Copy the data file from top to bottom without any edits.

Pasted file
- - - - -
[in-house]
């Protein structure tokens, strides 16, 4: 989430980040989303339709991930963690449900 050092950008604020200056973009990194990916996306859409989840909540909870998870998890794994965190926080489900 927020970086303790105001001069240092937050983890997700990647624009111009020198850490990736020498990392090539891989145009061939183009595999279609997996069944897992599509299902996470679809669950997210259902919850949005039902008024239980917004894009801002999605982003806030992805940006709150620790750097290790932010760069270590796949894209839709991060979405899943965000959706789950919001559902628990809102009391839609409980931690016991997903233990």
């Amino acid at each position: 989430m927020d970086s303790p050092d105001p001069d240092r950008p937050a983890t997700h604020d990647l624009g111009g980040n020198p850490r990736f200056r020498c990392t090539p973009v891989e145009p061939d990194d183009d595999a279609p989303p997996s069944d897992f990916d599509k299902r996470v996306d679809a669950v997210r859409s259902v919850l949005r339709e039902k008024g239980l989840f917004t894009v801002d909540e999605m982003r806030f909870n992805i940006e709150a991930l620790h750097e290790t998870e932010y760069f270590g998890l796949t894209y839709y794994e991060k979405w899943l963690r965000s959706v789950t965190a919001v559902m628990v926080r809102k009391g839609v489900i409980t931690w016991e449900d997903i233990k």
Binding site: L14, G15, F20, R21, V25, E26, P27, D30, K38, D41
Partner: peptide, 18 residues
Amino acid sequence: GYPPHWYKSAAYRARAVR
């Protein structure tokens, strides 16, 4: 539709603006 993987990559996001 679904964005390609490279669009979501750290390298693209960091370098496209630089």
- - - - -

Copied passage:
[in-house]
């Protein structure tokens, strides 16, 4: 989430980040989303339709991930963690449900 050092950008604020200056973009990194990916996306859409989840909540909870998870998890794994965190926080489900 927020970086303790105001001069240092937050983890997700990647624009111009020198850490990736020498990392090539891989145009061939183009595999279609997996069944897992599509299902996470679809669950997210259902919850949005039902008024239980917004894009801002999605982003806030992805940006709150620790750097290790932010760069270590796949894209839709991060979405899943965000959706789950919001559902628990809102009391839609409980931690016991997903233990």
């Amino acid at each position: 989430m927020d970086s303790p050092d105001p001069d240092r950008p937050a983890t997700h604020d990647l624009g111009g980040n020198p850490r990736f200056r020498c990392t090539p973009v891989e145009p061939d990194d183009d595999a279609p989303p997996s069944d897992f990916d599509k299902r996470v996306d679809a669950v997210r859409s259902v919850l949005r339709e039902k008024g239980l989840f917004t894009v801002d909540e999605m982003r806030f909870n992805i940006e709150a991930l620790h750097e290790t998870e932010y760069f270590g998890l796949t894209y839709y794994e991060k979405w899943l963690r965000s959706v789950t965190a919001v559902m628990v926080r809102k009391g839609v489900i409980t931690w016991e449900d997903i233990k």
Binding site: L14, G15, F20, R21, V25, E26, P27, D30, K38, D41
Partner: peptide, 18 residues
Amino acid sequence: GYPPHWYKSAAYRARAVR
């Protein structure tokens, strides 16, 4: 539709603006 993987990559996001 679904964005390609490279669009979501750290390298693209960091370098496209630089």